This book enhances our understanding of the exquisitely beautiful, fourteenth-century, Middle English dream vision poem Pearl. Situating the study in the contexts of medieval literary criticism and contemporary genre theory, Beal argues that the poet intended Pearl to be read at four levels of meaning and in four corresponding genres: literally, an elegy; spiritually, an allegory; morally, a consolation; and anagogically, a revelation. The book addresses cruxes and scholarly debates about the poem’s genre and meaning, including key questions that have been unresolved in Pearl studies for over a century:
* What is the nature of the relationship between the Dreamer and the Maiden?
* What is the significance of allusions to Ovidian love stories and the use of liturgical time in the poem?
* How does avian symbolism, like that of the central symbol of the pearl, develop, transform, and add meaning throughout the dream vision?
* What is the nature of God portrayed in the poem, and how does the portrayal of the Maiden’s intimate relationship to God, her spiritual marriage to the Lamb, connect to the poet’s purpose in writing?
Noting that the poem is open to many interpretations, Beal also considers folktale genre patterns in Pearl, including those drawn from parable, fable, and fairy-tale. The conclusion considers Pearl in the light of modern psychological theories of grieving and trauma. This book makes a compelling case for re-reading Pearl and recognizing the poem’s signifying power. Given the ongoing possibility of new interpretations, it will appeal to those who specialize in Pearl as well as scholars of Middle English, Medieval Literature, Genre Theory, and Literature and Religion.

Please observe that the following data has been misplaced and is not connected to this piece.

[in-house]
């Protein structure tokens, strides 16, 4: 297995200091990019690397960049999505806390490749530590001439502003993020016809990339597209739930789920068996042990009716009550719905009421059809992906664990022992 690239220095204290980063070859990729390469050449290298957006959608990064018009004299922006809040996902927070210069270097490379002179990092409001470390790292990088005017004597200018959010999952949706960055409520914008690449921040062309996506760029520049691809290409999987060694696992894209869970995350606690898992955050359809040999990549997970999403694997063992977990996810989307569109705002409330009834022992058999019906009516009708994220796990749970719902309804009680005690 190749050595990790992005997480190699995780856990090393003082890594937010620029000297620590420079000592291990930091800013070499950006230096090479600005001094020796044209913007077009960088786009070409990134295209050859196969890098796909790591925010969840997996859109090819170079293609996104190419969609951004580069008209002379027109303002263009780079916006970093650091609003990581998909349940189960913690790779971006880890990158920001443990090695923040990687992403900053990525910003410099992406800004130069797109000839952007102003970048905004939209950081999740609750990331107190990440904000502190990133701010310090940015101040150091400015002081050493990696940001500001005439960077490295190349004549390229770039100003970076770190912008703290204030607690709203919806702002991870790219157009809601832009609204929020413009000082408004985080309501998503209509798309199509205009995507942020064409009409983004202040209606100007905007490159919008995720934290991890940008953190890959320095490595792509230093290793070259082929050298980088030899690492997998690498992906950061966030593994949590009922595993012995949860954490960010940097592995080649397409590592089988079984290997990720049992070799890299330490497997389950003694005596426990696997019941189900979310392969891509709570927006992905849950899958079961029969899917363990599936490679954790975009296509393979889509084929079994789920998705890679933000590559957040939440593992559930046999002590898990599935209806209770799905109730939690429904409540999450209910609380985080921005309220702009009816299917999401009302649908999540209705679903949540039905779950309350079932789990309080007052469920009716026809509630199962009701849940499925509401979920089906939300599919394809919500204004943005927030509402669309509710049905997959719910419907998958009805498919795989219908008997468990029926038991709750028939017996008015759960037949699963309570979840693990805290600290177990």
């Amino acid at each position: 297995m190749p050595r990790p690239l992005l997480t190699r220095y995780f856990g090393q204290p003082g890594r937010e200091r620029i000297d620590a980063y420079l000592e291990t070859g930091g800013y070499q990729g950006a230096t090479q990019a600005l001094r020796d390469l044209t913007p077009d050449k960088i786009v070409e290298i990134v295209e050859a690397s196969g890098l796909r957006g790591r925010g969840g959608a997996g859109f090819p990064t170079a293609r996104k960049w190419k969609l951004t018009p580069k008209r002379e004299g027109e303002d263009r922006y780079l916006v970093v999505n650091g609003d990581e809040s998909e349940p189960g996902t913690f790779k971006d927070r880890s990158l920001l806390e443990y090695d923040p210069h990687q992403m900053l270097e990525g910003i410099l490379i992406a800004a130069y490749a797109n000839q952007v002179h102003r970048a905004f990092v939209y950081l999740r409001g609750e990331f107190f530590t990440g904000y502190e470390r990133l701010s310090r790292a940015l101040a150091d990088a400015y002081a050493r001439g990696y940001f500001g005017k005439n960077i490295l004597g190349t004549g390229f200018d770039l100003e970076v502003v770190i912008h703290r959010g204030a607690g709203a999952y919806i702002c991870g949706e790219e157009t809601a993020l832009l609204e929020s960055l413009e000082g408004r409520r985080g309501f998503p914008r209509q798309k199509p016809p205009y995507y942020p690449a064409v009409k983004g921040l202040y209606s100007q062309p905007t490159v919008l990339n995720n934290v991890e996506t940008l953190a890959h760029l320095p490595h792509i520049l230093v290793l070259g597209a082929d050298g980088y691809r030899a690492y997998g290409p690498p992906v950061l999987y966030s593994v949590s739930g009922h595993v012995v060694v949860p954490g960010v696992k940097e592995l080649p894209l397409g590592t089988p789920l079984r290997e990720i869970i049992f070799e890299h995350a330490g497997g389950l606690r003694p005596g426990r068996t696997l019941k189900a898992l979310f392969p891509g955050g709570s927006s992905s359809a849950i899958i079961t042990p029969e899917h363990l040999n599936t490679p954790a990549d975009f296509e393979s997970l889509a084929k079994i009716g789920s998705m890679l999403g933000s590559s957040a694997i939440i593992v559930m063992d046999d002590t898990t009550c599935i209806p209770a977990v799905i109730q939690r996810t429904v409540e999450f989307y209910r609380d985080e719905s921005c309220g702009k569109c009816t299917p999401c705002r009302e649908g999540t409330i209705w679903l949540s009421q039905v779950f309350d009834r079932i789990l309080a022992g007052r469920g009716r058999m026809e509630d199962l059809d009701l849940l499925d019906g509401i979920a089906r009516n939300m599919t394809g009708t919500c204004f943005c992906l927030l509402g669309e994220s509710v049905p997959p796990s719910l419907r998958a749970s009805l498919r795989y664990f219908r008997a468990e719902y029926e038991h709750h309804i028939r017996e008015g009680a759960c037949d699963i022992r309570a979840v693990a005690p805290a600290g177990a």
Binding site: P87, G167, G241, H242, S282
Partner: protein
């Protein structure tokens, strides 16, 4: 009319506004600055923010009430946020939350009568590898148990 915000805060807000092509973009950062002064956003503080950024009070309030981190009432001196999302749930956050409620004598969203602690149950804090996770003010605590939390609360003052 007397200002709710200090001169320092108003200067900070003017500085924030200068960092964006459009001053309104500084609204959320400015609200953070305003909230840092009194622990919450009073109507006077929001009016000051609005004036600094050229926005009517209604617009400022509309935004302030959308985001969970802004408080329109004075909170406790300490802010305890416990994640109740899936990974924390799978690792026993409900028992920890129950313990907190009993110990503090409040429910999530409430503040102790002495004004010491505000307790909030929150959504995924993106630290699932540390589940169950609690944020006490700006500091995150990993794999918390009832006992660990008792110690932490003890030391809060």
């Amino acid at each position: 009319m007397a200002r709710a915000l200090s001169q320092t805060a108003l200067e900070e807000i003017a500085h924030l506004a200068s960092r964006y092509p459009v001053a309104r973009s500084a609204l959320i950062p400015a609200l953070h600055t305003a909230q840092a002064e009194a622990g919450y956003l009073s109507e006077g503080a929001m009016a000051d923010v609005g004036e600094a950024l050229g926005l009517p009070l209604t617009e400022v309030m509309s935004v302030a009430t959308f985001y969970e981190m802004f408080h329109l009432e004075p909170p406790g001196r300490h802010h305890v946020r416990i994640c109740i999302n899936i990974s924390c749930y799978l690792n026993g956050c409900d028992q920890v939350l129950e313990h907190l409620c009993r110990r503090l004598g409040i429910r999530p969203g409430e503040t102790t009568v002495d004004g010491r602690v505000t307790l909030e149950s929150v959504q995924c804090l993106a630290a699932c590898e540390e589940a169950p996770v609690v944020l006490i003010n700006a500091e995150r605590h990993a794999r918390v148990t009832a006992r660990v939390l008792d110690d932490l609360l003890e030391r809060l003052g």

Table of Contents
1. Literal Sense: Desiring the Beloved
2. Allegorical Meaning: Rejoicing in Salvation
3. Moral Purpose: Consoling the Heart
4. Anagogical Revelation: Imagining Spiritual Marriage
5. Parable, Fable, Fairy-Tale: Folktale Genre Patterns in Pearl
Jane Beal, PhD is an Associate Researcher in the Department of English at the University of California, Davis. Her academic monograph, The Signifying Power of Pearl, is available from Routledge. She is also the author of John Trevisa and the English Polychronicon (ACMRS/Brepols, 2013), editor of Illuminating Moses: A History of Reception from Exodus to the Renaissance (Brill, 2014), and co-editor of Translating the Past: Essays on Medieval Literature (ACMRS, 2012) and Approaches to Teaching the Middle English Pearl (MLA, forthcoming). In addition to literary criticism and studies of collegiate pedagogy, she writes poetry, fiction, and creative non-fiction and composes new work in translation. To learn more, please visit sanctuarypoet.net and medievalpearl.wordpress.com.